Runny Nose Actually Leaking Brain Fluid: Why Was Joe Nagy's Brain leaking Cerebrospinal Fluid?
After years of suffering with what he thought was a chronic runny nose, Joe Nagy found out recently that his leaky snout was actually a leaky brain.
The Arizona resident told Fox 10 News that he carried tissues around in his pocket to combat his "embarrassing" runny nose condition. When he finally went to see a specialist for what he thought was a severe allergy situation, the doctor told Nagy that the clear liquid coming out of his nostrils was cerebrospinal fluid, or CSF -- a.k.a. brain fluid.
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It turned out that Nagy had a hole in the membrane that surrounds the human brain, and the transparent fluid had been leaking through his nasal passageway for over a year and a half.
"Our brains are really just above our noses all the time," Dr. Peter Nakaji, the doctor who fixed Nagy's brain fluid leak, told Fox 10. "This is one of the more common conditions to be missed for a long time, because so many people have runny noses."
He said that leaks in the brain can be extremely tiny. "Like a puncture on the bicycle tire," he explained.
And, as if things couldn't get any worse, Nagy also came down with a serious case of meningitis, an inflammation of cerebral membranes often caused by infections in the brain fluid.
After treating Nagy for meningitis, doctors were able to repair Nagy's brain using a bit of cartilage from his nose to plug up the leak in the membrane.
But why was Nagy's brain leaking in the first place?
The average human brain contains about 140 ml, or 4.7 ounces, of brain fluid at any given time. The body replenishes its brain fluid once every six hours, meaning we cycle through about 600 ml, or 20 ounces, of brain fluid every day.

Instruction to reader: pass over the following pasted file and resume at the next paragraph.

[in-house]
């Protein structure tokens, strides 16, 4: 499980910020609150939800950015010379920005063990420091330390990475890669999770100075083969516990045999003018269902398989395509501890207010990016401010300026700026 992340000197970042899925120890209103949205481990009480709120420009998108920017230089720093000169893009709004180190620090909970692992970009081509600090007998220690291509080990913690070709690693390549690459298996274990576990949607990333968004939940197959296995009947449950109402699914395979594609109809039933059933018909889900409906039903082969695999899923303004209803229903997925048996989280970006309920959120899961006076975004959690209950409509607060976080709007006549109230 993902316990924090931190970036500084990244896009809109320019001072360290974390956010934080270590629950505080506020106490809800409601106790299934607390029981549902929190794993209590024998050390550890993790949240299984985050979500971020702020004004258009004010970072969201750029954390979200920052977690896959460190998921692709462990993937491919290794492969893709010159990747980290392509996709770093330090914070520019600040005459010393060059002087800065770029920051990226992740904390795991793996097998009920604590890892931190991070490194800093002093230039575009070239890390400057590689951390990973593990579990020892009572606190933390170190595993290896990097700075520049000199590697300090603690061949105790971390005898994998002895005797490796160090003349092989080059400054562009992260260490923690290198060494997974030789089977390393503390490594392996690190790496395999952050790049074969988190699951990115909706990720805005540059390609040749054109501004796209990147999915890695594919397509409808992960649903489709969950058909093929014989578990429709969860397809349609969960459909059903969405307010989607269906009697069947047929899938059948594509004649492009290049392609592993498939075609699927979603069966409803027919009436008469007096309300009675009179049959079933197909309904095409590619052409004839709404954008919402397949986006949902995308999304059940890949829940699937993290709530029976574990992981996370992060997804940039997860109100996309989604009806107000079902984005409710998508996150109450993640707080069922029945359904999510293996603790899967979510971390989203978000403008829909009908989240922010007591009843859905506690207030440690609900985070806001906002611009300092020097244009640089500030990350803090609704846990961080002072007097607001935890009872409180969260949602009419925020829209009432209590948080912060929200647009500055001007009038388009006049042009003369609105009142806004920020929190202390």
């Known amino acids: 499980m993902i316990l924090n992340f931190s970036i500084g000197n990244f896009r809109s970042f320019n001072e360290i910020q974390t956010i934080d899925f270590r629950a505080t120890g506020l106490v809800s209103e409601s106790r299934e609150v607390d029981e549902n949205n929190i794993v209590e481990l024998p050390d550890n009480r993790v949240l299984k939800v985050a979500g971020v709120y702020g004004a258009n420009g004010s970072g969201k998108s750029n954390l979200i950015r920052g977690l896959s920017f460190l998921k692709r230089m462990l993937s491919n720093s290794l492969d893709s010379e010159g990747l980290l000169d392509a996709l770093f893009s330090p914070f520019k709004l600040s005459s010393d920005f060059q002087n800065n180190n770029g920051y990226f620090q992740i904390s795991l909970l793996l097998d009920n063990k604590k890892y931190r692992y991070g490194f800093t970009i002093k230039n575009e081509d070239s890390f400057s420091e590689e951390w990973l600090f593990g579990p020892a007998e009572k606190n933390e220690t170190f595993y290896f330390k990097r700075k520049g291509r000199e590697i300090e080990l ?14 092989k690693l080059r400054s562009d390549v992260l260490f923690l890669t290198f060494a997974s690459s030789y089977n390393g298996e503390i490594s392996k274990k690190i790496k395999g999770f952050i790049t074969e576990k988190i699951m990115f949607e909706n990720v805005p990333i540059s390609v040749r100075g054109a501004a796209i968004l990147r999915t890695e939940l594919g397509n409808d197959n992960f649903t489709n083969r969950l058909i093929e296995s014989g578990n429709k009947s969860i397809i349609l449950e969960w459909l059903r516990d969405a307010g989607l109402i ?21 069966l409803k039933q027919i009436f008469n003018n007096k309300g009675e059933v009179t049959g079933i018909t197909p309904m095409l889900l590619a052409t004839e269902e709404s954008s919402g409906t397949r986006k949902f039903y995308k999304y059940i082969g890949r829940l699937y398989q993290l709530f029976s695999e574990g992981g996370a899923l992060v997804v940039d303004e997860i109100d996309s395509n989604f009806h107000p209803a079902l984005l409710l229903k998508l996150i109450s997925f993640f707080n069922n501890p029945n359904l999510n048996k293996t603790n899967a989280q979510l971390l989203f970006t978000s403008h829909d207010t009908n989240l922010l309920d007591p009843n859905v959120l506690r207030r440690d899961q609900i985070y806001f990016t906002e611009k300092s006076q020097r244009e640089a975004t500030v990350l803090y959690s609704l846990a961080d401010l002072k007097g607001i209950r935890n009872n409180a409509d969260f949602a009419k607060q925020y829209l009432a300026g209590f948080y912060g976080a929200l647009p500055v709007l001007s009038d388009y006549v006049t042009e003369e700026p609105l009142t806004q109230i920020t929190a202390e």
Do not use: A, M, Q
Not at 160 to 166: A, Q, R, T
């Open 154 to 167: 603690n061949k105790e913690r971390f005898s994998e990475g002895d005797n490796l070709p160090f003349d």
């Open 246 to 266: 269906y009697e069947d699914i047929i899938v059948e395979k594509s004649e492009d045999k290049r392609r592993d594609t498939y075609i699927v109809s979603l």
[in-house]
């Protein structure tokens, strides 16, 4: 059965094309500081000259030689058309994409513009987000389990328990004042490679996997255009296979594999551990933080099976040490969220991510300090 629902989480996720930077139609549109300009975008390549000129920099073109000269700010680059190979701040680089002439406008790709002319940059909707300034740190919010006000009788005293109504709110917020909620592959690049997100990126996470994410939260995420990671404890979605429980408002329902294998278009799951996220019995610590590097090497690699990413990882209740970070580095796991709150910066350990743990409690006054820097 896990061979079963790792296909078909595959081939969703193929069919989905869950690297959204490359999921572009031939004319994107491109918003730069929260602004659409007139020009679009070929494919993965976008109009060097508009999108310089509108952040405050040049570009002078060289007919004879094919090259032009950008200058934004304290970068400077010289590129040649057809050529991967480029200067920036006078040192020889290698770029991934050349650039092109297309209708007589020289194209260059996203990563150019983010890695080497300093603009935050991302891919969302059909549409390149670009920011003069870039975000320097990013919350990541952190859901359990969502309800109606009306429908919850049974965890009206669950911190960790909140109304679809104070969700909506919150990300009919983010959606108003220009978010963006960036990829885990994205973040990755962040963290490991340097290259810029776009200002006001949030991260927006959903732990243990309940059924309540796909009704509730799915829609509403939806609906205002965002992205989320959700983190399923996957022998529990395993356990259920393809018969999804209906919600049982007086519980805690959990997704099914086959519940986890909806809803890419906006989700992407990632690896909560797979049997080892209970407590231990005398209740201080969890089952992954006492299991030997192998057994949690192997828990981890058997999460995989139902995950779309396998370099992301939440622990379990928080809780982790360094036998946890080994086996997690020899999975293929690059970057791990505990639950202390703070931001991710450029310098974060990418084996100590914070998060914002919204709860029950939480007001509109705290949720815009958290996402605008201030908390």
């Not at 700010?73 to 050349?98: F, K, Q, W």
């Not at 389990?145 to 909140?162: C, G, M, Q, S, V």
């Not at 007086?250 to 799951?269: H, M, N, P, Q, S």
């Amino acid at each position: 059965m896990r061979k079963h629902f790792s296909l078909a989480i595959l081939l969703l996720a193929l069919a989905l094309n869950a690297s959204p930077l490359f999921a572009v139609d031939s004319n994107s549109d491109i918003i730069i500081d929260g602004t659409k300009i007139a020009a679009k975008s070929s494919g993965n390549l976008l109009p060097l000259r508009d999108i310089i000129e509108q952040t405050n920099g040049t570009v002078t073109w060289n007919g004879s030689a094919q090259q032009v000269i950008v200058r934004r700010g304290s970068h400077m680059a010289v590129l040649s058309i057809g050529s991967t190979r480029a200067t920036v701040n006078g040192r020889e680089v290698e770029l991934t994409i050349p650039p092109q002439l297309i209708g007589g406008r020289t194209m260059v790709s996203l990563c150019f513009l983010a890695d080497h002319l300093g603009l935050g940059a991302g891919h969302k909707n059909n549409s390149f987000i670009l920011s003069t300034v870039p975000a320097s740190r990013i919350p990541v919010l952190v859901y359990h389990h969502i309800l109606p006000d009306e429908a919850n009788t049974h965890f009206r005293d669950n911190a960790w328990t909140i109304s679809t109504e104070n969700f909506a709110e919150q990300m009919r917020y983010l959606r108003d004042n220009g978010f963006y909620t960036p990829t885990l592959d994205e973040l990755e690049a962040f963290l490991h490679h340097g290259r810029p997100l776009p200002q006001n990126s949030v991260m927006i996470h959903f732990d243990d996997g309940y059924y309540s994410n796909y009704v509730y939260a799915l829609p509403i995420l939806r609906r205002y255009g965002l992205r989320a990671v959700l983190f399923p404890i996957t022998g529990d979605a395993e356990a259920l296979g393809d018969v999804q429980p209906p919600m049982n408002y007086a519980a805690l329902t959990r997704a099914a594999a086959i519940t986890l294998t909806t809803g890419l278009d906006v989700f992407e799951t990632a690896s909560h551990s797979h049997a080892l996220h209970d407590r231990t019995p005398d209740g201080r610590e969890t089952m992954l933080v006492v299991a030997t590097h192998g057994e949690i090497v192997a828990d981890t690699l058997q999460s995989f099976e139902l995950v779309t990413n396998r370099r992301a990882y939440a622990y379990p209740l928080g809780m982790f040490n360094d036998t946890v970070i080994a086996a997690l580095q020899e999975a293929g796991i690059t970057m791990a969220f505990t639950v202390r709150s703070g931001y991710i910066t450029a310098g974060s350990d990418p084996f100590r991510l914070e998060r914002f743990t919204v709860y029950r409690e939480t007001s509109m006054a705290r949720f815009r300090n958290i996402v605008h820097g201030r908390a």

Even ancient physicians knew of the presence of a fluid in the brain. According to a report in the Annals of Clinical and Laboratory Science, Hippocrates, an ancient Greek physician, described the fluid surrounding the brain as "water", Vesalius, a 16th-century Dutch anatomist, called it an "excremental liquid."
Because of the use of primitive techniques in autopsies (ancient physicians simply cut off the human head, which drained the CSF before it could be studied), the true nature of brain liquid wasn't known until much later. Emanuel Swedenborg, an 18th-century Swedish engineer who also studied human anatomy, wrote about the "highly gifted juice" he observed in the human skull.
"Swedenborg recognized the cerebral cortex as the seat of thought and the source of the sensory and motor functions of the extremities," the Annals of Clinical & Laboratory Science reports.
A leaky brain affects about 1 in 100,000 to 200,000 patients, according to one surgeon in Arizona. A number of different things can cause a CSF leak. Trauma to the head is a major source of a leaky brain, but also certain head, brain or spinal surgeries can tear or puncture the membrane surrounding the brain.
When no cause can be determined, it's called a spontaneous CSF leak.
Nagy's case of leaky brain isn't the first in Arizona. Just last year, Aundrea Aragon, a 35-year-old mother from Tucson, had clear liquid pouring out of her nostrils from two cracks in the back of her sinuses. ABC News reports that had doctors not repaired the cracks, Aragon would have died from her leaky brain.
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